This also shows the importance of the draft for depth. In the salary cap era, teams need to find enough cap room for their stars and their depth players. Having young players is absolutely critical because their low cap hit allows for the team to sign the expensive stars and make the important addition in free agency  or by trade. This is a formula that only works if those young players are productive as well.

Players like Vrana and Burakovsky, for example, played big roles in the playoff run, but also carried low cap hits.

So the Caps built a core through the draft and filled key roles with trades and mostly cheap free agent signings.

There is no formula for how to win a Stanley Cup, if there was everyone would do it, but this is about as close as you can come to one. A team has to draft very well and then build around those draft picks to be successful. You cannot hope to build simply through trades and free agency because of the cost. Trades always require sending an asset the other way and very often that asset turns out to be prospects or draft picks. Free agency, meanwhile, requires team overpay for top targets leading to serious cap trouble down the line.

There are always trades and free agent signings that prove to be important, but those are only pieces to a much large puzzle. To win a Stanley Cup, you have to build through the draft.

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2018 NBA Draft: TV, live stream and radio info, things to watch

2018 NBA Draft: TV, live stream and radio info, things to watch

The 2018 NBA Draft will take place on Thursday night as the newest wave of potential superstars like DeAndre Ayton, Marvin Bagley III, Mo Bamba and Luka Doncic enter the league. Here is everything you need to know for the big night...

2018 NBA DRAFT

When: 7 p.m.
Where: Barclays Center, Brooklyn, NY
TV: ESPN
Live stream: WatchESPN.com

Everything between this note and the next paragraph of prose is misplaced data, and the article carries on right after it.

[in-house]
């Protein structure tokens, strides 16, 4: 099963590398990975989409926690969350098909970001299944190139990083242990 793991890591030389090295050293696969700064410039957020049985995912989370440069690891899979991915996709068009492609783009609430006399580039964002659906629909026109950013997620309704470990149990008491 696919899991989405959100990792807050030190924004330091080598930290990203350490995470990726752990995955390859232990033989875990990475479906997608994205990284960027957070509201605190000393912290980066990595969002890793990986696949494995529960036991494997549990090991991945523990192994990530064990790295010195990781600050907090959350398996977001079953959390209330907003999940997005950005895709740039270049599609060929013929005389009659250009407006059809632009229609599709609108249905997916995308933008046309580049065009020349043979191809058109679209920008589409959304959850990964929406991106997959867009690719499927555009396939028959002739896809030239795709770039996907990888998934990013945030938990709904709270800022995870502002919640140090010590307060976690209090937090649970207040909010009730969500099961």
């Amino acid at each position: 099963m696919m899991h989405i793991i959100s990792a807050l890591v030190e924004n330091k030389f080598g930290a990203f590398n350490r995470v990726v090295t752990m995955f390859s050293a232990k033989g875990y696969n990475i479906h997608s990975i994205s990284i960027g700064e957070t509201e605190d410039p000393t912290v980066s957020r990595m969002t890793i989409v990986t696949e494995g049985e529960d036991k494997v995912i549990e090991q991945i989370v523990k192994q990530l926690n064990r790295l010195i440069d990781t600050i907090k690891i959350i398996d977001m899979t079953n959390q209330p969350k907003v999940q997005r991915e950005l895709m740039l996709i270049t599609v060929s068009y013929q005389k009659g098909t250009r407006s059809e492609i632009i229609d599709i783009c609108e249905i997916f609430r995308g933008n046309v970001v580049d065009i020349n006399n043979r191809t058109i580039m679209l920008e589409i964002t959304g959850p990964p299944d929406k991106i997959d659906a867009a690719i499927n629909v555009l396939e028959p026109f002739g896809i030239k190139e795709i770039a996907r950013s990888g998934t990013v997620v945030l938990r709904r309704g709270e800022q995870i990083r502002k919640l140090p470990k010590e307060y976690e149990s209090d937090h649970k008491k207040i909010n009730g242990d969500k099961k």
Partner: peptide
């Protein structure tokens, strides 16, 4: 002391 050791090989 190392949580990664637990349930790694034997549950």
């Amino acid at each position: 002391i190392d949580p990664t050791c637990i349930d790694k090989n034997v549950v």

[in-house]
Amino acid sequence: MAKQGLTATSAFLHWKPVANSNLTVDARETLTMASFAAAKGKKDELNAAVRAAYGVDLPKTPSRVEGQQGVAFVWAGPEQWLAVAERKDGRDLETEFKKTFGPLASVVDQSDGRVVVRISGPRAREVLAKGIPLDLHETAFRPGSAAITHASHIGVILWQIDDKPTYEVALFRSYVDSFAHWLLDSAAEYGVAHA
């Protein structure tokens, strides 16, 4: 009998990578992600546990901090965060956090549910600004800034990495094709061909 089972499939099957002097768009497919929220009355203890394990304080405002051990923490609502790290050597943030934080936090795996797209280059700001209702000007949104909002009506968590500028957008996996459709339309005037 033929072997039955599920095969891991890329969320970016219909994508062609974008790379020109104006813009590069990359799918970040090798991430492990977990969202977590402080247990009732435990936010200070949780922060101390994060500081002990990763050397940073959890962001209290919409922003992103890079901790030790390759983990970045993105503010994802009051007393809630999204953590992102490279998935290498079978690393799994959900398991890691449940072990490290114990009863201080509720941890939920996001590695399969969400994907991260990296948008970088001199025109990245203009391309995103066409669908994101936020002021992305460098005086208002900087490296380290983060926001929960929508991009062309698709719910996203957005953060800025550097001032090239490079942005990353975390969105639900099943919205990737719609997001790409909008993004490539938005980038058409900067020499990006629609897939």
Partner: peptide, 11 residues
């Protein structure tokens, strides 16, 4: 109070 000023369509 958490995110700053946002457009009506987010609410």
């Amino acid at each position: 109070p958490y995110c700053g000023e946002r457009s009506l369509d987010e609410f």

Radio: ESPN

Wizards draft picks: 15th overall in the first round, 44th overall in the second round

First round order:

1. Phoenix Suns
2. Sacramento Kings
3. Atlanta Hawks
4. Memphis Grizzlies
5. Dallas Mavericks
6. Orlando Magic
7. Chicago Bulls
8. Cleveland Cavaliers
9. New York Knicks
10. Philadelphia 76ers
11. Charlotte Hornets
12. Los Angeles Clippers
13. Los Angeles Clippers
14. Denver Nuggets
15. Washington Wizards
16. Phoenix Suns
17. Milwaukee Bucks
18. San Antonio Spurs
19. Atlanta Hawks
20. Minnesota Timberwolves
21. Utah Jazz
22. Chicago Bulls
23. Indiana Pacers
24.Portland Trail Blazers
25. Los Angeles Lakers
26. Philadelphia 76ers
27. Boston Celtics
28. Golden State Warriors
29. Brooklyn Nets
30. Atlanta Hawks

Top prospects:

1. DeAndre Ayton, C, Arizona
2. Marvin Bagley III, Duke
3. Luka Doncic, Slovenia
4. Jaren Jackson, Jr., Michigan State
5. Mo Bamba, Texas
6. Michael Porter, Jr., Missouri
7. Wendell Carter, Duke
8. Trae Young, Oklahoma
9. Collin Sexton, Alabama
10. Kevin Knox, Kentucky

Three things to watch...

Will Leonard get traded?

Last year's draft featured some big trades including Jimmy Butler going to the Timberwolves. This year, there seems to be at least a decent chance it happens with Kawhi Leonard of the Spurs. He wants a trade and they have been meeting with him in recent days, perhaps for a last-ditch pitch to remain with the team. If he gets dealt on draft night, it wouldn't be a huge surprise.

Who will the Kings pick?

A consensus has built for Ayton to go No. 1 to the Suns. After that, it's a major crapshoot and whomever the Kings select will produce a domino effect from there on down. Will they take Bagley, the safe pick, or go a riskier route with Doncic or maybe even Porter, Jr.? The best bet at this point appears to be Bagley, but nobody truly knows.

Where will Young and Porter, Jr. go?

The two most interesting prospects in this draft are Young and Porter, Jr. Young was a sensation in college basketball, but is undersized and appears to be boom-or-bust. He could flame out quickly at the next level or be some iteration of the next Stephen Curry. Porter, Jr. played only three games in college due to a back injury and now has hip issues as well. His talent is undeniable, but his injury history represents significant risk.

CLICK HERE FOR OUR 2018 NBA MOCK DRAFT

For more on the NBA Draft, check out our preview special episode of the Wizards Tipoff podcast: